Instagram will start testing hiding like counts to anyone but the post’s creator in the US after rolling out the feature in other parts of the world (Brazil, Canada, Ireland, Italy, Japan, New Zealand). The move is against the influencer-led metrics game in favour of people’s wellbeing.
TechCrunch reported that Instagram CEO Adam Mosseri made the announcement on stage at the Wired25 conference on Saturday. He said:
“We will make decisions that hurt the business if they help people’s well-being and health … we have to see how it affects how people feel about the platform, how it affects how they use the platform, how it affects the creator ecosystem.”
He added that it was designed to “reduce anxiety” from anyone on the platform who is disappointed when they don’t get much post interaction, and to “reduce social comparison”.
We’ve been using Instagram with the change made, and it simply says under a post that it is liked by a single account and ‘others’. You can scroll through every person who liked the post so you could technically count them up, but that would make you insane.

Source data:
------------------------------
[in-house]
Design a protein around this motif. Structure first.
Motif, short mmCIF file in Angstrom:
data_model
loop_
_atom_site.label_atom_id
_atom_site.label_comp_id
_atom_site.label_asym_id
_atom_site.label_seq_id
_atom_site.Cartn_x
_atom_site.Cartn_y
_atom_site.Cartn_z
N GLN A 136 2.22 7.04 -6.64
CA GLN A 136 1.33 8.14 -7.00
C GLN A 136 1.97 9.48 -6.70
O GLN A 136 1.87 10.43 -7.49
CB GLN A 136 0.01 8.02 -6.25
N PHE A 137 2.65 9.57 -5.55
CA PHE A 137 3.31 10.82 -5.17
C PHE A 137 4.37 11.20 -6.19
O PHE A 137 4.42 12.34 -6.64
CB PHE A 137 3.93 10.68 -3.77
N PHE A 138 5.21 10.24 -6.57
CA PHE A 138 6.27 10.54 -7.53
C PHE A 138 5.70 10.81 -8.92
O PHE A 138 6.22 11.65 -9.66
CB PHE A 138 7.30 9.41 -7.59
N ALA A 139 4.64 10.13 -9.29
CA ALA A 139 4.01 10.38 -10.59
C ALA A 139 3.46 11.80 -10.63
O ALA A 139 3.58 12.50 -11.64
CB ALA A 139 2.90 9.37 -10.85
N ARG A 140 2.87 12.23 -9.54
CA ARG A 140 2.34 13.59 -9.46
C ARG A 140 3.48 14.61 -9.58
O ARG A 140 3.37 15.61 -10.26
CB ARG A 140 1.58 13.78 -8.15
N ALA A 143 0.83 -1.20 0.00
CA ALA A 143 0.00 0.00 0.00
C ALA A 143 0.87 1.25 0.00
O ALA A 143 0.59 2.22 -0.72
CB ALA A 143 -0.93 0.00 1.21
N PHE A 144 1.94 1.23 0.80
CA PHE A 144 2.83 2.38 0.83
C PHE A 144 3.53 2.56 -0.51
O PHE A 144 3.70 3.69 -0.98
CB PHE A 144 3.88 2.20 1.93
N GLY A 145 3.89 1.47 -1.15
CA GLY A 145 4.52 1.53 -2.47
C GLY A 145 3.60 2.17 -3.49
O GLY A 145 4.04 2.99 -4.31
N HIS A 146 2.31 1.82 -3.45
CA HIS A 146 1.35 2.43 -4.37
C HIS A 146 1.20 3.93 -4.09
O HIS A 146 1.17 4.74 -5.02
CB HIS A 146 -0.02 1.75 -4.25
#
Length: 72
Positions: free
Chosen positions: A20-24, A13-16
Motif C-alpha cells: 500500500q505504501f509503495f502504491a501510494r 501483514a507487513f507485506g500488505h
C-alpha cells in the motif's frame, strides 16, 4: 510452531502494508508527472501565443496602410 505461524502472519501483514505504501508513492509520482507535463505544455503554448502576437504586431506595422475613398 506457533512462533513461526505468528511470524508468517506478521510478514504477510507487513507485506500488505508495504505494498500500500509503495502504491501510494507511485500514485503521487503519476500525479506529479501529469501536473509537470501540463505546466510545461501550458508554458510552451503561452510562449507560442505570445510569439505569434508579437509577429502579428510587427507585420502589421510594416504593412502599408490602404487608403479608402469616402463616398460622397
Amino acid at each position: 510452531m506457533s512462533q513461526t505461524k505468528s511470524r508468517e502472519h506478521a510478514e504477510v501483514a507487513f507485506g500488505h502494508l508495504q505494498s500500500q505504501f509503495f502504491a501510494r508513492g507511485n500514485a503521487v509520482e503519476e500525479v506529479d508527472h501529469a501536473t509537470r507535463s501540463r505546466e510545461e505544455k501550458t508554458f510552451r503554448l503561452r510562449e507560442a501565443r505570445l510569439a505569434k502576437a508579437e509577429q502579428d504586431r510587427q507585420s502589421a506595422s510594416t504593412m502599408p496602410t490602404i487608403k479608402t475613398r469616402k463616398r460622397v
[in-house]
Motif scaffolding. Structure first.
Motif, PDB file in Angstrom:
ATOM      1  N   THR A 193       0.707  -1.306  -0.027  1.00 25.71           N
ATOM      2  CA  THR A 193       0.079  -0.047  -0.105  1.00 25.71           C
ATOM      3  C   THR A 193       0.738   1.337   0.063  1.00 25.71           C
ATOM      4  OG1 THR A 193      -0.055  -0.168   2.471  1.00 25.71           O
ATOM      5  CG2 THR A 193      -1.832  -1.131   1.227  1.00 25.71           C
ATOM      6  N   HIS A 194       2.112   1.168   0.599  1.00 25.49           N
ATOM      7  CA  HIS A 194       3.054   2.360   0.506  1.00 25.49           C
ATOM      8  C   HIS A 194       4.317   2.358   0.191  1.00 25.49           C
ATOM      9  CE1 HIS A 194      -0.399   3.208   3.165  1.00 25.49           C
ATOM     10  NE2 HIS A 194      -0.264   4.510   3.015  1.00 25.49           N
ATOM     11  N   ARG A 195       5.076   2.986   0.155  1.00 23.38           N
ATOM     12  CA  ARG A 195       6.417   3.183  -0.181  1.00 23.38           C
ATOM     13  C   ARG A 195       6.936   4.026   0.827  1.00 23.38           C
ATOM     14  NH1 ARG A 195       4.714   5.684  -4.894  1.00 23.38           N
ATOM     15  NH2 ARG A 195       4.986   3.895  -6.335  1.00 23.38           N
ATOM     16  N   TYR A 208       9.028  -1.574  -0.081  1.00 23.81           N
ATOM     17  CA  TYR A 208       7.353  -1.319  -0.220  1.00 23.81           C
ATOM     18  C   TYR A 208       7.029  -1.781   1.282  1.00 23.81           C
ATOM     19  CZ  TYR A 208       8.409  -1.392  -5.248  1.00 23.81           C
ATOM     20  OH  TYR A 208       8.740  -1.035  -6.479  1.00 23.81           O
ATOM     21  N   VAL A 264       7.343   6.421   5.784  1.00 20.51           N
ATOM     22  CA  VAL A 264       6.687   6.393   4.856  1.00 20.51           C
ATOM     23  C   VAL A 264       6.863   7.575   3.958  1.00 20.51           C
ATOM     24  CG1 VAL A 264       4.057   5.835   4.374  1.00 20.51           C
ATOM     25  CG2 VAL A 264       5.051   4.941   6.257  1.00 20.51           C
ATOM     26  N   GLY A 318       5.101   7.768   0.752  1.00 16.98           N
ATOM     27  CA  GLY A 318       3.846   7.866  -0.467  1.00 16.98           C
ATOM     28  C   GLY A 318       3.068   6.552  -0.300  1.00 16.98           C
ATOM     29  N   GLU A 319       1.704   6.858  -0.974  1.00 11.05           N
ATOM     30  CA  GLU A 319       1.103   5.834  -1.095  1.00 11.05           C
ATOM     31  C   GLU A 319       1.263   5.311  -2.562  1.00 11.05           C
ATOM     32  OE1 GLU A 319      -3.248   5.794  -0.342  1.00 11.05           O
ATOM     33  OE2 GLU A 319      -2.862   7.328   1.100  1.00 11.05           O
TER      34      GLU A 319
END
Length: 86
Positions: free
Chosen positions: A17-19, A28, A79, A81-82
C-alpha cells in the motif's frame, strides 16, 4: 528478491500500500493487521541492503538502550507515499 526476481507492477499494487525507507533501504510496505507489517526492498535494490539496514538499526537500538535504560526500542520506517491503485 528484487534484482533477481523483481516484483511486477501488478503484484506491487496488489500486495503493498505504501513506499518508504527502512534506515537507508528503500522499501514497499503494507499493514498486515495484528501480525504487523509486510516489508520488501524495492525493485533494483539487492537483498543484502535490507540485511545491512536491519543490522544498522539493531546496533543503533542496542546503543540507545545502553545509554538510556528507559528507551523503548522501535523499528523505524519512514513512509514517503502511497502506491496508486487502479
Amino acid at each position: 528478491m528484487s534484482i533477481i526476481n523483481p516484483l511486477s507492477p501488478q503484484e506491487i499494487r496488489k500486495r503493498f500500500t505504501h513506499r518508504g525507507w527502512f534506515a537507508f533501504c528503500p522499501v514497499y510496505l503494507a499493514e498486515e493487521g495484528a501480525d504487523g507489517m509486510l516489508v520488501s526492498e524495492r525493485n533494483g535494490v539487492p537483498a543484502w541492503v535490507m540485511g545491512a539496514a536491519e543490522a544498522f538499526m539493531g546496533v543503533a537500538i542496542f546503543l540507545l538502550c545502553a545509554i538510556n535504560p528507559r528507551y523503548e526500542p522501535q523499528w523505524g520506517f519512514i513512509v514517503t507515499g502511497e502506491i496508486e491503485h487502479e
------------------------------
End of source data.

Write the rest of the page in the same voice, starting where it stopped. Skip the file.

On your own posts you can tap ‘others’ and the app will display a number that only you can see to show you how many likes that post has.
The US influencer market, like every Instagram influencer market until now, relies on public interaction data in order to gain followers, social status, and marketing deals.
TechCrunch points out a study by HypeAuditor that likes almost unamimously fell on posts in countries where likes were hidden, bar Japan (and even then not for all accounts). The suggestion is some users won’t like something if they don’t know it’s already popular.
What a hellscape we live in. Keep liking!